brooklynmonk

Predictive Listening

In Linguistics and Language Learning on February 17, 2009 at 5:18 pm
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  1. First of all, I’m a frequent visitor to your blog (which I find very interesting).

    What you write about in this post is something that I have experienced myself, although not in a “live setting” (and not just with Chinese natives), but rather email/text chat.

    Some people are just impossible to have a conversation with, and vice versa (as you will see). Despite having stated in a profile or elsewhere that English is among their “known languages”, they don’t seem to understand mine – or perhaps they do.

    However, from some of the replies I get, I wonder if they parse my sentences through a web translator to get the Chinese meaning, then they come up with a reply, let the machine do the translating back into English and so on.

    So I switch to Chinese (my level of which, admittedly, is very low – but you have to start somewhere). The reply I get is ten times longer… I try to figure out the basic points, look up the other words online, write something back and the chaos continues. As you may already have imagined, we both sink deeper and deeper into the quicksand…

    I’m not a touch-typist by nature (nor a native English speaker) so now and then I happen to misspell a word or two (similar to what you see in all those “researches” where a few letters in each word are jumbled…). Let’s say I write “partciluar”, “repsonse” and “advneture” (just hypothetical examples). Then I get a reply: “You use so many difficult words. I tried to look them up in a dictionary and couldn’t find any of them!”

    The ability to predict/read between the lines/fill in the gaps is definitely a useful (and necessary!) skill (and sadly, something that many people lack).

  2. Killer interesting stuff, this blog is really an immense contribution to the internet. You know the funny thing is I’ve been 4 years on the ground in China, and I can’t conclusively say you are right or wrong about almost any of the things you list. I often explain various theories of “difference” between the cultures to Chinese people and just get nothing in response back. Even if you were terribly horribly misunderstanding something, if I tell a Chinese person and can’t at least get a word of protest in response, how can I assume anything other than “no protest means it didn’t offend them means there is at least the possibility that it is true”. Very frustrating and hard to make any progress in understanding when I can’t get a bit of insight out of any natives.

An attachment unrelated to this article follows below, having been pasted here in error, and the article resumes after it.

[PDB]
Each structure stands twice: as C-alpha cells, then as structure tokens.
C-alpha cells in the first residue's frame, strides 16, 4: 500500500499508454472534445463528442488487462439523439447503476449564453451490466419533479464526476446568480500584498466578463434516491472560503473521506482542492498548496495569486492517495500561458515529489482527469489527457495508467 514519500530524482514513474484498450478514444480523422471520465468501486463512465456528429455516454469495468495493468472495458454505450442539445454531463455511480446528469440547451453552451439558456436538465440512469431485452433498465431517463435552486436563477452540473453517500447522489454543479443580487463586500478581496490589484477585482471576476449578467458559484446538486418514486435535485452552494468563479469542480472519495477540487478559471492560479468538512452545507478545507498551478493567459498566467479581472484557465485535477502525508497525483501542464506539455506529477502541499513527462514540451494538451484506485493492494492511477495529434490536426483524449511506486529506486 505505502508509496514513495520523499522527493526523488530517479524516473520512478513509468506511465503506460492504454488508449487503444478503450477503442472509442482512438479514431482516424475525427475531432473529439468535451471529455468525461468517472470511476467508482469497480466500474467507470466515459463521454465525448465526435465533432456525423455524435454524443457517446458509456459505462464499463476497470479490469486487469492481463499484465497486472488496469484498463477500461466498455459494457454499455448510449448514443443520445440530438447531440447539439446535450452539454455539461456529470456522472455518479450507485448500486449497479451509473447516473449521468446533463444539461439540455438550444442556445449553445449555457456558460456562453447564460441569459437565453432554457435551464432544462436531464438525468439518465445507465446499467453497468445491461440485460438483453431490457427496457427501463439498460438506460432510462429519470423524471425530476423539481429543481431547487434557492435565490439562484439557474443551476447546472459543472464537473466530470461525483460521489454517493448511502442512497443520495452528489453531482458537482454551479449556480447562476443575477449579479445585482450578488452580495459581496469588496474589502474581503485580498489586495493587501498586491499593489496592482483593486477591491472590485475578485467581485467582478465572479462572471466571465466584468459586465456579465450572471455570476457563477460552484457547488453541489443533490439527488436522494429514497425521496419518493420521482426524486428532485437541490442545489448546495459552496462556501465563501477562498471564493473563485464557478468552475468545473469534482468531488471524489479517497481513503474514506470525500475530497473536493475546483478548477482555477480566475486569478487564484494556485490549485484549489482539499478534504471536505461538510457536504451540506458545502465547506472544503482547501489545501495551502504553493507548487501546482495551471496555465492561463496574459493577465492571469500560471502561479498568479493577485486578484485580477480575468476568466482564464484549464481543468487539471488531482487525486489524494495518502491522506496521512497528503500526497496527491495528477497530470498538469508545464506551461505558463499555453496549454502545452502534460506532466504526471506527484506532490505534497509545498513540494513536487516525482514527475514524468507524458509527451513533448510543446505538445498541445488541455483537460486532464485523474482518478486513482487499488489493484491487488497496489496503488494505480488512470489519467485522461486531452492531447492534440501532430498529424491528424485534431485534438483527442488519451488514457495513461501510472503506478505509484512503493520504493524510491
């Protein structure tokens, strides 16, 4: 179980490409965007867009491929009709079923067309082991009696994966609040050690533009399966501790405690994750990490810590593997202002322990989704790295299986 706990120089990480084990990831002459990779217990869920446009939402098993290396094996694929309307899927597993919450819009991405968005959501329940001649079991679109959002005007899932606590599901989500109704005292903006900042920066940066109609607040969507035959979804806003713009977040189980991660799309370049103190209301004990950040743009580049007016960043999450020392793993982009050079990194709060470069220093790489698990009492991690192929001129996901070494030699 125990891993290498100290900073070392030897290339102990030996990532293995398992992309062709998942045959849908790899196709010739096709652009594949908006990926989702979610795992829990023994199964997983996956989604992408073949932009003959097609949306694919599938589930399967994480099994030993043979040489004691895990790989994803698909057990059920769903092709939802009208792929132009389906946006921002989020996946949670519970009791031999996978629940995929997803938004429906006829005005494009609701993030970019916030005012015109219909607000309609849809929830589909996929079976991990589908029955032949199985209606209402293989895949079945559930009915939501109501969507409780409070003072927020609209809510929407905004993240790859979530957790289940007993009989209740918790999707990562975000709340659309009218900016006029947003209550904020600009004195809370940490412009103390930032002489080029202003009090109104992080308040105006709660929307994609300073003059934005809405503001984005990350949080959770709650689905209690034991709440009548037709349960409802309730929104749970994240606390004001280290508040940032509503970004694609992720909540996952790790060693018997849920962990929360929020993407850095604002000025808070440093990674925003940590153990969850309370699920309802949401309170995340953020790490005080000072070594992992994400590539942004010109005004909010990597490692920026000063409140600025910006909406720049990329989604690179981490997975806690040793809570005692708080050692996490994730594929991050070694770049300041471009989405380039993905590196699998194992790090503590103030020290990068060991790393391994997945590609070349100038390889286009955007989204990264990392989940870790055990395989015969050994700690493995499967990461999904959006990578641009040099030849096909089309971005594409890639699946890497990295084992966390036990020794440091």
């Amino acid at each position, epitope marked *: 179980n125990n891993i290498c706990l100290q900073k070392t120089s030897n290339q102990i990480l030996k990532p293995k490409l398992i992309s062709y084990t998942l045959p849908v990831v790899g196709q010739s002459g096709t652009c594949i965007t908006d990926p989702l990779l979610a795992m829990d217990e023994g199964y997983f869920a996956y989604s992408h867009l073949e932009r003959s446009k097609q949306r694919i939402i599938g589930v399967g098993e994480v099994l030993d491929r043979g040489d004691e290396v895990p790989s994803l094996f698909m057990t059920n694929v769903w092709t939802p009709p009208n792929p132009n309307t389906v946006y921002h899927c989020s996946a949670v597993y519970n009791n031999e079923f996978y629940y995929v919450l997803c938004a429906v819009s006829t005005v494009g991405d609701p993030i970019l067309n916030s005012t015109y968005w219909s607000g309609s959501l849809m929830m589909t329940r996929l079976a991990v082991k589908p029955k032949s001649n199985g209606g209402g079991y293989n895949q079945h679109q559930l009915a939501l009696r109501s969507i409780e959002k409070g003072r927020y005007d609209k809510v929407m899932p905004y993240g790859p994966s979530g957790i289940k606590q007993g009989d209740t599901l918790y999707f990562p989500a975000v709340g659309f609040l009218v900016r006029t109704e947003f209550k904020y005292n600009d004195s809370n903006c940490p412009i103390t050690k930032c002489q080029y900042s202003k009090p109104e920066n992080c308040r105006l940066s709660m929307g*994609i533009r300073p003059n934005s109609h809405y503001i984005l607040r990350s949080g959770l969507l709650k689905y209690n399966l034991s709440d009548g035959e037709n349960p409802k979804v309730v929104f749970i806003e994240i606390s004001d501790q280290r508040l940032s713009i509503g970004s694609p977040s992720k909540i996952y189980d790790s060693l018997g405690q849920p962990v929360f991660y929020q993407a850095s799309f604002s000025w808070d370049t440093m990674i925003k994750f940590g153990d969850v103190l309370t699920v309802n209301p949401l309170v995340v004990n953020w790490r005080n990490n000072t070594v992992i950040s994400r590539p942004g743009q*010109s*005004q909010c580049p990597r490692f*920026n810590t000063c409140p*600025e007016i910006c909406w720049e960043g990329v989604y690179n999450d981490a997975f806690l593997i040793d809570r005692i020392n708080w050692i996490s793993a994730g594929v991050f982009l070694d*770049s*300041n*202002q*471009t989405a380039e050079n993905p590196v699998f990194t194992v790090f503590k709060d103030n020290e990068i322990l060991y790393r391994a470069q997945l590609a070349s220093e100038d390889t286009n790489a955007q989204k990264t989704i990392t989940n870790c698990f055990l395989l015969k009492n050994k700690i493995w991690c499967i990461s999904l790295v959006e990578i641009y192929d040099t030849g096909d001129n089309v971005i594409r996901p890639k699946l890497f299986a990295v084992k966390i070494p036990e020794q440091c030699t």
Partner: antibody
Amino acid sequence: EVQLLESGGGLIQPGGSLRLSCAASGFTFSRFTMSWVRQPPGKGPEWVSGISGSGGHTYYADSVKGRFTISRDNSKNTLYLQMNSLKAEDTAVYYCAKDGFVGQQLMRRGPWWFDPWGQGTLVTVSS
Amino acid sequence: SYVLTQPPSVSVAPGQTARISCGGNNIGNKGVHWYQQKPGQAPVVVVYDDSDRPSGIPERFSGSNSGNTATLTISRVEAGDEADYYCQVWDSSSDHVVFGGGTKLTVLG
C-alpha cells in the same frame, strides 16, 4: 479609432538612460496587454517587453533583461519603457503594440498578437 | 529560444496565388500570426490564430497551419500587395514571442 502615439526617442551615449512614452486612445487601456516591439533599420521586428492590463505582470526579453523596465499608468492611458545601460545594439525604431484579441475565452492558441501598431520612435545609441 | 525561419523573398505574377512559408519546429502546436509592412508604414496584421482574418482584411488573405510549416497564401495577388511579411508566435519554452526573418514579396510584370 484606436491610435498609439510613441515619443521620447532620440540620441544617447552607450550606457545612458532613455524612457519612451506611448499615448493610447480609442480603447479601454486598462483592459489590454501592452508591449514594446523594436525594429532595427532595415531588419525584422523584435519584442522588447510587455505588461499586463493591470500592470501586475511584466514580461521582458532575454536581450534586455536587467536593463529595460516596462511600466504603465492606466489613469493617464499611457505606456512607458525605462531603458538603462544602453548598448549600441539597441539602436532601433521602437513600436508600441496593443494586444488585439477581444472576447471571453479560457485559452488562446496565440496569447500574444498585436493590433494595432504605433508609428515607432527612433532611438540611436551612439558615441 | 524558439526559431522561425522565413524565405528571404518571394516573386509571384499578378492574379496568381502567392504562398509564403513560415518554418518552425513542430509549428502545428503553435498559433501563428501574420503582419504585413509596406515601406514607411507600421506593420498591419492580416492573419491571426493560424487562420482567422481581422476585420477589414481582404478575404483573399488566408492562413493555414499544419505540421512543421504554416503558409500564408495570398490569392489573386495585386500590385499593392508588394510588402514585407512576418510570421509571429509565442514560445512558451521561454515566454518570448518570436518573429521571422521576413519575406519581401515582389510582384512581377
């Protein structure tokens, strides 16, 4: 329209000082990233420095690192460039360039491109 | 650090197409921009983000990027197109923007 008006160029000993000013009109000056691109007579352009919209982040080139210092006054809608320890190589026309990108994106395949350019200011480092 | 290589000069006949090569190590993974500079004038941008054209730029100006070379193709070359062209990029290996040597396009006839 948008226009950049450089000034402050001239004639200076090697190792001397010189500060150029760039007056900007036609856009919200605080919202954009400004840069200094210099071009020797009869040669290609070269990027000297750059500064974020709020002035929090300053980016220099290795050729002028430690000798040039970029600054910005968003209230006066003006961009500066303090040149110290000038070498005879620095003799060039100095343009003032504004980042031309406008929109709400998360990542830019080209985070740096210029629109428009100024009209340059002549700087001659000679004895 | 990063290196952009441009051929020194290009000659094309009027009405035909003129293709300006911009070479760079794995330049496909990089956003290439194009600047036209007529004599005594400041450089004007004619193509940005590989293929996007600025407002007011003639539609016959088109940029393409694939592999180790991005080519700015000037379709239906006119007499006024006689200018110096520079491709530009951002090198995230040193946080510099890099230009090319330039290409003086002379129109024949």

Then there are all the idiotic robot responses that have no informational value and probably interfere with the chance to get info by distracting the guy’s attention since he feels he “must” say them. (Example: Ask about some small question about the ‘culture’ and instead of getting a response, you’ll get a rant about how “X” is not “Chinese culture”. The problem is they are translating the word “culture” into wenhua which doesn’t mean just ‘culture’ but more like “fundamental tenant of the civilization as a whole”. Thus you ask something about traffic and they feel the need to get all defensive as if to say “the lack of traffic rules IS NOT a fundamental characteristic of chinese civilization over 5000 years”.)

  3. Yeeeha! Great article. I spent a summer in class in China studying Mandarin and since have been back to China more than ten times. And what you write is very familiar.
    Although I must say that since they are teaching English to younger children, that by the time they get to adulthood some will have better skills, and may even be predictive types.

    I find the self-deprecating humor of a native New Yorker does not go over well in China or with Chinese people. Here is an example. Since my skill in Mandarin are not great, just passable, if I tell people that if they don’t want me to understand when they talk amongst themselves, they should just talk faster [cause it is harder for me to understand when conversation is to rapid]… it just feels like all the air has left the room. But I think it is funny. If I tell this to an American, they just laugh. Chinese frown. There are many other examples.

    When I took the Mandarin class in Beijing more than twenty years ago, it was all rote. Repeat repeat repeat. Not only boring, but not very helpful, to me. For me, if I understand the character’s origin, it is easy to remember. If it is just rote, it goes in one ear and out the other. So for me it is easier to learn Chinese language in the US than in China. Of course the immersion of being in China is an enormous help when I go. But to study characters or grammar, I need to be in a Western educational situation.

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